David Greene, CFP® discusses what inflation is and its impact on the markets.

David D. Greene, CFP®
David D. Greene, CFP®CEO, Financial Adviser

Hello, and welcome to this summer 2021 edition of the CJM tutorial video update. My name is David Greene, I’m CEO and Principal here at CJM Wealth Advisers. Big topic today, so we’ll jump right into it, inflation. You’ve been hearing about it, reading about it, seeing various different headlines. What’s going on with inflation? Let’s start with a simple definition, and we’ll kind of throw it up here. Inflation is an economic term that refers to an environment of generally rising prices of goods and services within an economy, and as prices rise, the purchasing power of consumers decreases.

So now that we have a definition formally, we can also throw up a quick funny here. This is what it feels like. So just when you think that you’ve found your pot of gold at the end of the rainbow, we realize that the pot of gold is maybe not as large or doesn’t purchase as much as we thought it would. So how does it apply to what’s going on currently? Because if you’ve tried to rent a car or purchase a car, do a house project, fill up your gas tank, prices are rising. And that’s a fact. The empirical data suggests that that’s what’s going on. If we throw up a quick graph here, we can see that over the last several years, it’s been within a range, and then towards the right-hand side, you can see that, in fact, there’s been a spike here recently. The fed is describing this as transitory, so somewhat, I guess you could say not permanent or potentially short-lived. And so why are they saying that, and what’s causing this?

Well, there’s two main things. We’re in the midst, hopefully coming out of this global pandemic, certainly in the United States. On the supply side, there hasn’t been as much creation of raw materials, timber, metal, et cetera, and then the manufacturing of goods and services has slowed down because workers weren’t working. So there’s a lot less a supply of everything, basically. And then, because we haven’t done anything in 15 months, there’s a huge demand. So people want to buy cars, or do projects around the home. And so timber, if you want to build a fence, is going through the roof because projects are demanding that. So those are the two main competing aspects going on here, and what feels like a pinch is… The question becomes is, how long is this going to last? Are we back into the ’70s and ’80s?

And the quick answer is we don’t know, but if we throw up a historical look, graph, as to where inflation is relative to past decades, we can see that although there is a spike, we’re still well within range. And we need to understand this within the context of inflation has been quite low for the last five to 10 years, so when we bring it all together and look at the short-term facts, that inflation is rising within the historical context, we just want to be aware of what may happen. The fed could eventually decide to raise interest rates, although currently it doesn’t look like they’re going to do such a thing until 2023. That may change based on the recent data. And we know that interest rates can make it more costly to borrow, and it has an impact on the economy. So normally they won’t do that unless they think that the economy is really growing almost out of control, which it doesn’t really seem to be doing at this point.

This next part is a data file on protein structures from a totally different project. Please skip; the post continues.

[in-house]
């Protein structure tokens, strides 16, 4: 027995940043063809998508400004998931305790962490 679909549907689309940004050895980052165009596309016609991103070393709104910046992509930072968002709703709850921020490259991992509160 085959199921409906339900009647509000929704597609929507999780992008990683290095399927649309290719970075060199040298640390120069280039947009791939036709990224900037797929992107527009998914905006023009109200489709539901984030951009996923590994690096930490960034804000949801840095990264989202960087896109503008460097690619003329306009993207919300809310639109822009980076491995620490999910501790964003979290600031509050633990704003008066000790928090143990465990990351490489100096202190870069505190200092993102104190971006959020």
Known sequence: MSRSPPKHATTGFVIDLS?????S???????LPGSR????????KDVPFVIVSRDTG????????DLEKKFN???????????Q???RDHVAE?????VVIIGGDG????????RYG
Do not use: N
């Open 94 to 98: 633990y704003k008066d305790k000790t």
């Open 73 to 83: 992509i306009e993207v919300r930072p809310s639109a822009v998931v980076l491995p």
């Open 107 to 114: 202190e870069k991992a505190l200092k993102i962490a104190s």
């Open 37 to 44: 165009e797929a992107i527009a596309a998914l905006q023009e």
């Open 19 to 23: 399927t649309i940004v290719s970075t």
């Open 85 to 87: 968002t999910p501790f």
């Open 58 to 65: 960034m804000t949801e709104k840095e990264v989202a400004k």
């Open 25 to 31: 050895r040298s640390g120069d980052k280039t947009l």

Other thoughts and impacts, factors to consider as the fact that the money supply is increasing with stimulus and infrastructure packages, PPP loans, et cetera. So there’s more money in the economy chasing fewer goods and services. Just need to be aware of this. That’s kind of a political football that we’re not going to address in this brief tutorial, but we just want to recognize that inflation is out there. It seems, based on the current economic situation, that it is going to be more transitory as opposed to a long-term shift and no real indications of some sort of hyper-inflationary situation at this time.

So that’s a quick look at what’s going on with inflation. Hopefully that’s helpful to understand what it is, what the factors involved are. We’re taking a look at it. As always, please reach out to us, give us a call, shoot us an email if you have any questions. Appreciate your time and attention, and look forward to speaking with you soon.